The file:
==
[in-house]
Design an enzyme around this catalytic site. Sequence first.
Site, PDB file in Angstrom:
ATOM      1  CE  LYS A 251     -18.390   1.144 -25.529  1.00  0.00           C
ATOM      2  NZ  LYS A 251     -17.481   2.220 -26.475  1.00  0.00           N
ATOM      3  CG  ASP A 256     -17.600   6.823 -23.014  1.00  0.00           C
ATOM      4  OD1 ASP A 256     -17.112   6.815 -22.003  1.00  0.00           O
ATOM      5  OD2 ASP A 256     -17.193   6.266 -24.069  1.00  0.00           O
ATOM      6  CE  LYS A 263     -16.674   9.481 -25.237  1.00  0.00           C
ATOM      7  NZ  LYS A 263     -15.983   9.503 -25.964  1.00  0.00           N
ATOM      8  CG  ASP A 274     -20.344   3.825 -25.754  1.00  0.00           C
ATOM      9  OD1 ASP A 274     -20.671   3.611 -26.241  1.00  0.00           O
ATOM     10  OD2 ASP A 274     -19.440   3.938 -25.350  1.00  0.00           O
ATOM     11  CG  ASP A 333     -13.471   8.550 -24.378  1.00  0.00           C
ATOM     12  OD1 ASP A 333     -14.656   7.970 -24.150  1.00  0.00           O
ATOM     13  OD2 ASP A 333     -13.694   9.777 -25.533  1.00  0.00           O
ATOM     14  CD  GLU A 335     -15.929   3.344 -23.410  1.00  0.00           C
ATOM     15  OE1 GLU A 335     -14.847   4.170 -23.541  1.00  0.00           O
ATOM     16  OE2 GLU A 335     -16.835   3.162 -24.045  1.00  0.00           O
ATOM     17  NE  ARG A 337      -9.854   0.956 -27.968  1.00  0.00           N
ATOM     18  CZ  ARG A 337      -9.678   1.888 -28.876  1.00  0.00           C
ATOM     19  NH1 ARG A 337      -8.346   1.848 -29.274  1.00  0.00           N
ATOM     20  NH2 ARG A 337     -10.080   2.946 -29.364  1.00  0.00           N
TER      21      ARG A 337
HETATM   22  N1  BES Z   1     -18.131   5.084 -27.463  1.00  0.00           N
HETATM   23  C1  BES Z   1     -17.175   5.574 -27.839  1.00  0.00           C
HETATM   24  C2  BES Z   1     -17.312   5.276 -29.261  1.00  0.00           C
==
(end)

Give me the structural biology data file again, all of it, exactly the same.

[in-house]
Design an enzyme around this catalytic site. Sequence first.
Site, PDB file in Angstrom:
ATOM      1  CE  LYS A 251     -18.390   1.144 -25.529  1.00  0.00           C
ATOM      2  NZ  LYS A 251     -17.481   2.220 -26.475  1.00  0.00           N
ATOM      3  CG  ASP A 256     -17.600   6.823 -23.014  1.00  0.00           C
ATOM      4  OD1 ASP A 256     -17.112   6.815 -22.003  1.00  0.00           O
ATOM      5  OD2 ASP A 256     -17.193   6.266 -24.069  1.00  0.00           O
ATOM      6  CE  LYS A 263     -16.674   9.481 -25.237  1.00  0.00           C
ATOM      7  NZ  LYS A 263     -15.983   9.503 -25.964  1.00  0.00           N
ATOM      8  CG  ASP A 274     -20.344   3.825 -25.754  1.00  0.00           C
ATOM      9  OD1 ASP A 274     -20.671   3.611 -26.241  1.00  0.00           O
ATOM     10  OD2 ASP A 274     -19.440   3.938 -25.350  1.00  0.00           O
ATOM     11  CG  ASP A 333     -13.471   8.550 -24.378  1.00  0.00           C
ATOM     12  OD1 ASP A 333     -14.656   7.970 -24.150  1.00  0.00           O
ATOM     13  OD2 ASP A 333     -13.694   9.777 -25.533  1.00  0.00           O
ATOM     14  CD  GLU A 335     -15.929   3.344 -23.410  1.00  0.00           C
ATOM     15  OE1 GLU A 335     -14.847   4.170 -23.541  1.00  0.00           O
ATOM     16  OE2 GLU A 335     -16.835   3.162 -24.045  1.00  0.00           O
ATOM     17  NE  ARG A 337      -9.854   0.956 -27.968  1.00  0.00           N
ATOM     18  CZ  ARG A 337      -9.678   1.888 -28.876  1.00  0.00           C
ATOM     19  NH1 ARG A 337      -8.346   1.848 -29.274  1.00  0.00           N
ATOM     20  NH2 ARG A 337     -10.080   2.946 -29.364  1.00  0.00           N
TER      21      ARG A 337
HETATM   22  N1  BES Z   1     -18.131   5.084 -27.463  1.00  0.00           N
HETATM   23  C1  BES Z   1     -17.175   5.574 -27.839  1.00  0.00           C
HETATM   24  C2  BES Z   1     -17.312   5.276 -29.261  1.00  0.00           C